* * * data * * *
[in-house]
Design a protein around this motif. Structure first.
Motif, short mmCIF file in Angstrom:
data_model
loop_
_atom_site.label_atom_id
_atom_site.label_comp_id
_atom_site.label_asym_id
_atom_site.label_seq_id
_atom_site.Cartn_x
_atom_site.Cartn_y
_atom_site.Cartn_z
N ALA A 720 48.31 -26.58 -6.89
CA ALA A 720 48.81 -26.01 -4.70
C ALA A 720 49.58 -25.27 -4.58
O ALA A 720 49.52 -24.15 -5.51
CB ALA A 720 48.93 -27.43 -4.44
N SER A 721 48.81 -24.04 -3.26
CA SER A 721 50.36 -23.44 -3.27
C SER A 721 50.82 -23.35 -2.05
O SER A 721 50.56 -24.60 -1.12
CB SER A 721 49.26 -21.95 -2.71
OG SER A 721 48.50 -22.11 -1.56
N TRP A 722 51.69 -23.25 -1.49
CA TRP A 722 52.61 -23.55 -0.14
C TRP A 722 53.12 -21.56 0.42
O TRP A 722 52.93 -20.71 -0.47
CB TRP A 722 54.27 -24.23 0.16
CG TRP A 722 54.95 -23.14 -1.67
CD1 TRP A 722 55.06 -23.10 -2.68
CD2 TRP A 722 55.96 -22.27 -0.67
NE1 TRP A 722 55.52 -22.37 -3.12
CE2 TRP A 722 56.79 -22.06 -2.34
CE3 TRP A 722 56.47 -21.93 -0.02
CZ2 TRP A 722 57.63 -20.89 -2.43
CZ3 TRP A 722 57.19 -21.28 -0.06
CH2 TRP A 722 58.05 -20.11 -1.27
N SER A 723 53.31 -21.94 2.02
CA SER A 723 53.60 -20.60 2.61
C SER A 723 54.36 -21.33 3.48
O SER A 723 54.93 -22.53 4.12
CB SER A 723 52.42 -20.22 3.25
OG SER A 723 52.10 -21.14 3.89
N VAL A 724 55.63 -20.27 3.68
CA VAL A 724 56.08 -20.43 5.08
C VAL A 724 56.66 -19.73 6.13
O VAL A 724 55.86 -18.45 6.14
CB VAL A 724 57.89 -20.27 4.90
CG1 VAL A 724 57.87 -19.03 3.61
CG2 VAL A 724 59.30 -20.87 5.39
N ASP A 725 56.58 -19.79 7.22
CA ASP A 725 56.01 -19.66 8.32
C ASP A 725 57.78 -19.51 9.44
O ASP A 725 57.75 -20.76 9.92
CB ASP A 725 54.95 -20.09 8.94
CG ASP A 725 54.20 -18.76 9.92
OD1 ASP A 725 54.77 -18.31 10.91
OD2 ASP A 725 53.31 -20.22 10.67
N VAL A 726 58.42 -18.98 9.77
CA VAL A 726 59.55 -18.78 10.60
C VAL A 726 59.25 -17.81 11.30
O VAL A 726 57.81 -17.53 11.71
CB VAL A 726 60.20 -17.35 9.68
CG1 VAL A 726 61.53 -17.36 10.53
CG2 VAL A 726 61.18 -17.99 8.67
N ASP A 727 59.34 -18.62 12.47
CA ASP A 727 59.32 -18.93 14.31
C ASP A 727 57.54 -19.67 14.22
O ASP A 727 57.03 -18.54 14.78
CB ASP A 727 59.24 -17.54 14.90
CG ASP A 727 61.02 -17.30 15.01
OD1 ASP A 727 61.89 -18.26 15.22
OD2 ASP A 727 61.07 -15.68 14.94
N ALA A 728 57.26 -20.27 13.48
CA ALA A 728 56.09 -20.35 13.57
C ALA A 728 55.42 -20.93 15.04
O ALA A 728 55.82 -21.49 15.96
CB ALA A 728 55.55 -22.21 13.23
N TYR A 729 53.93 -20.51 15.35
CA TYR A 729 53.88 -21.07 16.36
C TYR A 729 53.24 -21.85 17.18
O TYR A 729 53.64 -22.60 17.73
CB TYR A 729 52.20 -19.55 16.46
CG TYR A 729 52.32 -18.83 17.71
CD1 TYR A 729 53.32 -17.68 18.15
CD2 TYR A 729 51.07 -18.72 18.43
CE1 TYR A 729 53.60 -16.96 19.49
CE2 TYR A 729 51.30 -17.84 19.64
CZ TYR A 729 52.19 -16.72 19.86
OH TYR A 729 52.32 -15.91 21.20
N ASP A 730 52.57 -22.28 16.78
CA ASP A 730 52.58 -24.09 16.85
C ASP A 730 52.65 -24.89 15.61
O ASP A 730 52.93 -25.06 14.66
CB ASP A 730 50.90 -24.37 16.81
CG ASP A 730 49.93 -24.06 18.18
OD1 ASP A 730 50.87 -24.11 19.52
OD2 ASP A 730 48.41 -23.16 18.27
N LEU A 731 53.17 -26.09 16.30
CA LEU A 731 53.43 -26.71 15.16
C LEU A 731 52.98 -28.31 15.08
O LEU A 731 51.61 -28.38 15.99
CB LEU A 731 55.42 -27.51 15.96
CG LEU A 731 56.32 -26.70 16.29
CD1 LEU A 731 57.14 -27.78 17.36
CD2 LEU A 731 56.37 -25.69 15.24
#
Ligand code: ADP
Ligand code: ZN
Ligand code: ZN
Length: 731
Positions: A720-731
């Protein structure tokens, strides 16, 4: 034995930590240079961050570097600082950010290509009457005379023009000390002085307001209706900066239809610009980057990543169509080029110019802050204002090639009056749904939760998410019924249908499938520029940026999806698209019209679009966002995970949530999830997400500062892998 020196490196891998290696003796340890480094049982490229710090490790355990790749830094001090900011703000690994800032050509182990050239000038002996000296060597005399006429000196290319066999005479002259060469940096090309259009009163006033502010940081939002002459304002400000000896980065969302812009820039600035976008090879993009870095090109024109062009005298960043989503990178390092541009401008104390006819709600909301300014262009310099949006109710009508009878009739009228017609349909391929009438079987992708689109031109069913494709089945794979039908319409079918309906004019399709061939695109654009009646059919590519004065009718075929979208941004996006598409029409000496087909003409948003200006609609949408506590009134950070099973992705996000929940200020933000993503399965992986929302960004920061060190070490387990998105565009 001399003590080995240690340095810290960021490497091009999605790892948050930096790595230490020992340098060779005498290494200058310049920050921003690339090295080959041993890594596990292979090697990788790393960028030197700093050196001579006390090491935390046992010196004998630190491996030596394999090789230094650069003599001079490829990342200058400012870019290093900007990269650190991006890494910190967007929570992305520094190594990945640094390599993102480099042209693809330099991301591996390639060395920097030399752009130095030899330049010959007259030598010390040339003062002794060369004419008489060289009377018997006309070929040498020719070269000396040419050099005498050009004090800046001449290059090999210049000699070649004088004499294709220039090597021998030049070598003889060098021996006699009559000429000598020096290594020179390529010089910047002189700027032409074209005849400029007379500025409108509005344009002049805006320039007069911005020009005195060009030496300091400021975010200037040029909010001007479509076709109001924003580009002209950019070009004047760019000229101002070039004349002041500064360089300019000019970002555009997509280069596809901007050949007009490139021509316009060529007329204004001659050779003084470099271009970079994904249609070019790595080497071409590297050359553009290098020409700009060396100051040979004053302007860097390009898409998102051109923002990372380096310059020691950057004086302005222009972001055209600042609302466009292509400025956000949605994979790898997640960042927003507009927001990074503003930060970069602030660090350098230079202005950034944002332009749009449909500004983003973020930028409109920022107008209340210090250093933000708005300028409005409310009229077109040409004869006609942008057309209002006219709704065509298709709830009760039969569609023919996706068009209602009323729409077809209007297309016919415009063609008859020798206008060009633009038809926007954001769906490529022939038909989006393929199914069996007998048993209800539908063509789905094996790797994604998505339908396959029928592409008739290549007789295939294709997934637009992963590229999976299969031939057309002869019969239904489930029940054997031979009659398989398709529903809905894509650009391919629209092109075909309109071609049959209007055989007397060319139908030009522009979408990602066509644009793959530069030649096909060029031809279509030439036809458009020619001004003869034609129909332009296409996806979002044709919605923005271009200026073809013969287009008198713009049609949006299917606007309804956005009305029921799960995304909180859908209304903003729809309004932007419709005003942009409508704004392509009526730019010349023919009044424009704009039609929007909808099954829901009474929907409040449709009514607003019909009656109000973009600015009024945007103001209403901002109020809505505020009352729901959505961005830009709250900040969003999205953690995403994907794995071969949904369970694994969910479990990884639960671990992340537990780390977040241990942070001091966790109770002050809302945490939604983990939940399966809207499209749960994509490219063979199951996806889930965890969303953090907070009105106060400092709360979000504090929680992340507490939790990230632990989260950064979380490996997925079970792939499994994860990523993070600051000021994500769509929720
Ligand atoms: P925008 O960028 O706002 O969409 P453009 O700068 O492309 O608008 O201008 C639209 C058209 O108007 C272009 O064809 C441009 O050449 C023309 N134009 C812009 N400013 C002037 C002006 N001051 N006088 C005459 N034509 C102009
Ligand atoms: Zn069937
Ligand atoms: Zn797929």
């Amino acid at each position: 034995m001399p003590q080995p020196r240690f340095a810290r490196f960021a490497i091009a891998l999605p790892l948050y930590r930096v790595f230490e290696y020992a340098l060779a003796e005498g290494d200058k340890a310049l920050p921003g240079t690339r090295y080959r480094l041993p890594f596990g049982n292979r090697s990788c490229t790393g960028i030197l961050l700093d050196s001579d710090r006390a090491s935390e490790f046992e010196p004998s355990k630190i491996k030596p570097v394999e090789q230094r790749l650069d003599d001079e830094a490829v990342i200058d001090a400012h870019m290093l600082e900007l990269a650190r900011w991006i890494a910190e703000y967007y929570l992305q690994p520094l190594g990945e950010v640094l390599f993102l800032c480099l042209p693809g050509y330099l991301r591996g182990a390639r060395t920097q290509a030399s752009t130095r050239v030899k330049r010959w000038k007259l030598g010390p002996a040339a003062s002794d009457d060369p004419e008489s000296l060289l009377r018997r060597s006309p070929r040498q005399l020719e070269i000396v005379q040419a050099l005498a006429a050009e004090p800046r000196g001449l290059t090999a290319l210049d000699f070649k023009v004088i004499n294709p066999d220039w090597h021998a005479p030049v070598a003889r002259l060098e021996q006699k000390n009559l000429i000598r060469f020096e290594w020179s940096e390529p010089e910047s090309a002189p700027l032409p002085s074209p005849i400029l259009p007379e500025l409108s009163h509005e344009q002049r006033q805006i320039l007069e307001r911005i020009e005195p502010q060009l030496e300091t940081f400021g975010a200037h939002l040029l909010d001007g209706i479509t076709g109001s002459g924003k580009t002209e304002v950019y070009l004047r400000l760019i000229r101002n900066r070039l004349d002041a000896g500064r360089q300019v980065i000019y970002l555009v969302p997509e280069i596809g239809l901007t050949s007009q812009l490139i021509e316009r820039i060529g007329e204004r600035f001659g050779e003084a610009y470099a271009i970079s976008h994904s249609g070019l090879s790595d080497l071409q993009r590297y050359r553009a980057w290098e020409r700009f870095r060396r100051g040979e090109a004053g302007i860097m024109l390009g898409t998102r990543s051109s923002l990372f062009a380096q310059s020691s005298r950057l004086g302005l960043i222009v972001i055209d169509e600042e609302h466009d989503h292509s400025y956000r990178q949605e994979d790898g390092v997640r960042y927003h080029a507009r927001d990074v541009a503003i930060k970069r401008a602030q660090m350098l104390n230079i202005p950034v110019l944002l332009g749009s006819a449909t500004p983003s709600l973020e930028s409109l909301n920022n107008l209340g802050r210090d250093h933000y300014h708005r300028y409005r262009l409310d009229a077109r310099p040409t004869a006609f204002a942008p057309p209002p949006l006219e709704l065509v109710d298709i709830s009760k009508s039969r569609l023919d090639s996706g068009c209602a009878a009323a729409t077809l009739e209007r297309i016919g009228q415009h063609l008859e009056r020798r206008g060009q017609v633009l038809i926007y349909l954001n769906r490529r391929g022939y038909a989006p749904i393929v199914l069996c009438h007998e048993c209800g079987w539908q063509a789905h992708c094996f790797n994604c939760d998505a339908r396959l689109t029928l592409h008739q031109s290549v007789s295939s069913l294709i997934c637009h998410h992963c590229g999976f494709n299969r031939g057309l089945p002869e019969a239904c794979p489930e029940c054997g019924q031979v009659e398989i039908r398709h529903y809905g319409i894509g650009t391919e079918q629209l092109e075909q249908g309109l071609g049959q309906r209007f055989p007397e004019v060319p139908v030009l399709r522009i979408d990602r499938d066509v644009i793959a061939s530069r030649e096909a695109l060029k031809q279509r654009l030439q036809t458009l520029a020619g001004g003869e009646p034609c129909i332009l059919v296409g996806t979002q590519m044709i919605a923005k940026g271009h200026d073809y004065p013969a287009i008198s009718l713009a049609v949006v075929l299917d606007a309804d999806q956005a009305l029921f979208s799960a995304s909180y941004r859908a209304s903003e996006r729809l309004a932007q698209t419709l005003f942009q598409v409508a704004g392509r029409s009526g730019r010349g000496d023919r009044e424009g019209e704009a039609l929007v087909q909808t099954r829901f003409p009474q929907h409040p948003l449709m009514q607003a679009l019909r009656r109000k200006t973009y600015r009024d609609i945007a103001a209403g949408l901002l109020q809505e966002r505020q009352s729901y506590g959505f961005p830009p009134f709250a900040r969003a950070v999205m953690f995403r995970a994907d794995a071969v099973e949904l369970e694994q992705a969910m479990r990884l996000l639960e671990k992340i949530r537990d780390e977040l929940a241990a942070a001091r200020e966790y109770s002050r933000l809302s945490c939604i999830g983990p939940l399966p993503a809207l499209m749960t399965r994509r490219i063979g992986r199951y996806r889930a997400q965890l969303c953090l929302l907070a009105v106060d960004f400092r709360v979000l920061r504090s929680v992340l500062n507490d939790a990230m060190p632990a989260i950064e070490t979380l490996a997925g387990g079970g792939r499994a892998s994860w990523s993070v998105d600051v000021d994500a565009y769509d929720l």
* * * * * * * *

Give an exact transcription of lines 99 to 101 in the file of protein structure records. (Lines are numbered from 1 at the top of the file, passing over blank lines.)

N LEU A 731 53.17 -26.09 16.30
CA LEU A 731 53.43 -26.71 15.16
C LEU A 731 52.98 -28.31 15.08